I lost it. I was actually crying my eyes out - not only out of disappointment myself, and not only because I knew how disappointed my son would be when I told him, but over the sheer unfairness of it all.

The world is unfair. I know this. I know this is also a lesson my son needs to learn at some point. But I think it sucks beyond words that he has to learn it now, and that he has to learn it about something that so important to him and close to his heart.

My boy's heart actually broke when I told him about the decision. I was barely able to hold it together, aching to protect my baby, hurting with his disappointment more than if it were my own and filled with anger at the coaches and frustration at my inability to do anything about it.

My phone was ringing off the hook all afternoon with calls from other team parents trying to figure out why and how this happened and what could be done. The thing is - nothing can be done. The coaches make the decision, and the decision is final.

A few hours later we had to put on our game faces and head out to practice. That was hard.

At the start of practice Coach had a little pow-pow with the team, talking about how hard it was for him to divide the team and if any of them wanted to talk about it he was always available. My boy stared intently at his own feet and his ears turned a deep shape of red as I watched him valiantly fight back the same tears I could feel stinging behind my own eyes.

The kids broke off into groups for drills and I watched him run and laugh and sweat, his face filled with joy as he played the game he loves most in the world with his best friends for the last time - starting next practice the two teams will train separately and he will no longer be playing with his usual line.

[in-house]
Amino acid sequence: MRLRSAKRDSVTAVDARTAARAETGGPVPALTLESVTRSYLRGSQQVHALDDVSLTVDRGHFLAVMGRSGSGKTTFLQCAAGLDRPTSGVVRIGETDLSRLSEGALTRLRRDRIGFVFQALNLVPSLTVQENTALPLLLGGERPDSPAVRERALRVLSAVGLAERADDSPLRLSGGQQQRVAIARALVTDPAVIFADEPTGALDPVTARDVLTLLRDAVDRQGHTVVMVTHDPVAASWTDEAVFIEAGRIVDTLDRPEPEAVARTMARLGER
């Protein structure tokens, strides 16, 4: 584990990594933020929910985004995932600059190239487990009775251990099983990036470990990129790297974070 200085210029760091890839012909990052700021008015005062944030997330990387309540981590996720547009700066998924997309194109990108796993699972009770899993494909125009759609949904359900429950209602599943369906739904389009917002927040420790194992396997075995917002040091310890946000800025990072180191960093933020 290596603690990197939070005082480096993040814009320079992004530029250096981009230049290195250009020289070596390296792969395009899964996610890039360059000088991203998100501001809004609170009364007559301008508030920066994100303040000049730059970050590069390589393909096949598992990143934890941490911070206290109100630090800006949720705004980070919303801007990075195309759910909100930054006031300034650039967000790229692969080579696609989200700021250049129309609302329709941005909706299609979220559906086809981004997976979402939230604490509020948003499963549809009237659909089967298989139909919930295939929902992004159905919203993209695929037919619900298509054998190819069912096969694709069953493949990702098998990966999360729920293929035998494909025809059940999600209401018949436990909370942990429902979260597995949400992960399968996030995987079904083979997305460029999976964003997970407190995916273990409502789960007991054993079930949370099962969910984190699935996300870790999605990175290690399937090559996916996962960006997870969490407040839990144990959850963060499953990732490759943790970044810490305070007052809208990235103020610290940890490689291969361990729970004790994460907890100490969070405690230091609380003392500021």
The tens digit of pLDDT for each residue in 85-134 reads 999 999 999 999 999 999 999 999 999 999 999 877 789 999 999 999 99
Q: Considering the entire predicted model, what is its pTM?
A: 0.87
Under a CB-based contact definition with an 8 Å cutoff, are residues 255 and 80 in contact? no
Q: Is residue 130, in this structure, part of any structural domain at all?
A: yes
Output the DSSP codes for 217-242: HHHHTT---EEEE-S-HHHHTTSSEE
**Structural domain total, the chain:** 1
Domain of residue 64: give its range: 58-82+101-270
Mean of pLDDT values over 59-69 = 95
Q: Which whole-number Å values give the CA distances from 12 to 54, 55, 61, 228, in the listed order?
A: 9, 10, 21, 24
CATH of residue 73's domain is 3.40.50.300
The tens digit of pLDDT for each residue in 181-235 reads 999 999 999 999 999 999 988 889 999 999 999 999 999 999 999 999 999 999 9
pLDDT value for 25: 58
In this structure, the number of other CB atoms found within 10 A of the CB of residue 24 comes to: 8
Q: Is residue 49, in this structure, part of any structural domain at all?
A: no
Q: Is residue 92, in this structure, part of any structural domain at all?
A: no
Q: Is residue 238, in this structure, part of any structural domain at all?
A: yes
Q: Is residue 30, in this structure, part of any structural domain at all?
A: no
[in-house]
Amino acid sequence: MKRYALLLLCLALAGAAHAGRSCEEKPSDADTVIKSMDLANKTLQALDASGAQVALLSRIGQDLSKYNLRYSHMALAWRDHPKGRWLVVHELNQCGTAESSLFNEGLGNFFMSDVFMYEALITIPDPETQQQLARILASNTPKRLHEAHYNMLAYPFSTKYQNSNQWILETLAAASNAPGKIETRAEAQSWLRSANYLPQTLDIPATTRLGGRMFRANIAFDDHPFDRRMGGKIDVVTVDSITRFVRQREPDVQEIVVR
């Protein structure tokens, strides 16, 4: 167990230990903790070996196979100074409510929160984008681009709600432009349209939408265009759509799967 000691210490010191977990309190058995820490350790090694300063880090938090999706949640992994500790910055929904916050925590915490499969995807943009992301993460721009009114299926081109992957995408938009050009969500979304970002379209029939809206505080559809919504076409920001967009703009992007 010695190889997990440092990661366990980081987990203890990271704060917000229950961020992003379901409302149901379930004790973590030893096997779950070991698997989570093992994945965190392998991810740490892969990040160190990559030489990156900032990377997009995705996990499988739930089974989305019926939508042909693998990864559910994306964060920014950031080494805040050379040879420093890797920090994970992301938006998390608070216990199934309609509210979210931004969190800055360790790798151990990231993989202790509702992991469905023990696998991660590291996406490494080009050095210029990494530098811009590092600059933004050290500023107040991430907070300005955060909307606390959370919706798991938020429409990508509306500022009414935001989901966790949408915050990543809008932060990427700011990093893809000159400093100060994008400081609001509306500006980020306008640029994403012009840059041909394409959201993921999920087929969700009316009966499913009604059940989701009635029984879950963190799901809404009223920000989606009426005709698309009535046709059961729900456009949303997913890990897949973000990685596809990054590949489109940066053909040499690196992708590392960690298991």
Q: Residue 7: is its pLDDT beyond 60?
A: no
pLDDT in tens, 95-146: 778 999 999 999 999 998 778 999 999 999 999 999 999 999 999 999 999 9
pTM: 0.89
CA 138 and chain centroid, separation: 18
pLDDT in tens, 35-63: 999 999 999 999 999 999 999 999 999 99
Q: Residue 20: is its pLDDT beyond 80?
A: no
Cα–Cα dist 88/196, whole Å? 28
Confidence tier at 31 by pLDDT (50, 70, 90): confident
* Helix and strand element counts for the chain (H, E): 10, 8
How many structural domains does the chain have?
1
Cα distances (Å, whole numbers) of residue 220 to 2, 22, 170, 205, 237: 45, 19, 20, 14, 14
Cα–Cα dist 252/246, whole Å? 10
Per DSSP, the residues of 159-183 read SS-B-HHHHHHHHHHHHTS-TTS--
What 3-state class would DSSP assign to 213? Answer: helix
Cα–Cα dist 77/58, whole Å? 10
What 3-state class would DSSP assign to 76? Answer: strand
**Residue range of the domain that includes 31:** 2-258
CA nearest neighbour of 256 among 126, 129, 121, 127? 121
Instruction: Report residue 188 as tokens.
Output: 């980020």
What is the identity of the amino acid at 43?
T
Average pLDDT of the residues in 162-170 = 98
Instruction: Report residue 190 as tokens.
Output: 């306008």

I sat with all my soccer mom friends, lamenting how different everything would be this year, feeling dismal and disappointed and trying to keep a neutral face on for my boy.

Time has put a bit of perspective on the whole thing. Another look at the team rosters shows that because all the hockey players were kept together on the A team, the B team in fact is left with more of the stronger players. The designated coach for the B team is someone we've known and liked for years. This season will likely not be the disaster we'd initially feared.

And, as disappointed as we are, this one small decision is not going to make much of a difference in the long term for our little superstar's soccer career. He's still playing the game he loves. He's training just as often, with just as qualified a coach. He won't be playing with all the same kids as last year - but he'll be playing with a stronger and more dedicated group of kids. And next year will bring yet another season, yet another team, and yet another series of challenges and changes. As long as he's playing, nothing else really matters.

But it really, really sucks that the politics of competitive sport has to start so early - and that my little boy has to learn so young the lesson that life's not fair.

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Friday, 10 January 2014

The Way to a Man's Heart...(Bacon!)

Bacon Rose

Men love bacon.
Almost all men, in my experience.
Bacon is to men as chocolate is to women.

Picture of Bacon Roses
Inspiration Bacon Roses

So for my husband's birthday this weekend I thought I'd try my hand at these bacon roses I saw on instructables - one of the most brilliantly creative food projects I've ever seen.

I changed the method a fair bit from the original post because I am a big fan of using what you have on hand for cooking, crafting and diy projects.

Bacon Rose Bouquet

Here's how I made my husband's 
birthday bacon bouquet:

Bacon roses,
Rolled Bacon Strips
1. Roll bacon strips tightly and tie securely with thread.

2. Place wrapped bacon upright on rack atop roasting pan (roses cannot rest in bacon grease or they will not cook or crisp properly.)

3. Bake at 375F for 20-30 minutes (roses should not be soft but should not be so crisp that they will crumble when stem is inserted.)

Bacon roses,
Cooked Bacon Rose

4. Allow bacon roses to cool completely. Remove thread.

5. Cut flowers off stems of plastic craft flowers and wash stems thoroughly.

6. Slide bacon roses onto craft stems, arrange in vase, and watch your man lose his mind over the bacony awesomeness.

Bacon rose bouquet, littletownhomelove.blogspot.caBacon rose bouquet, 

Bacon Rose Bouquet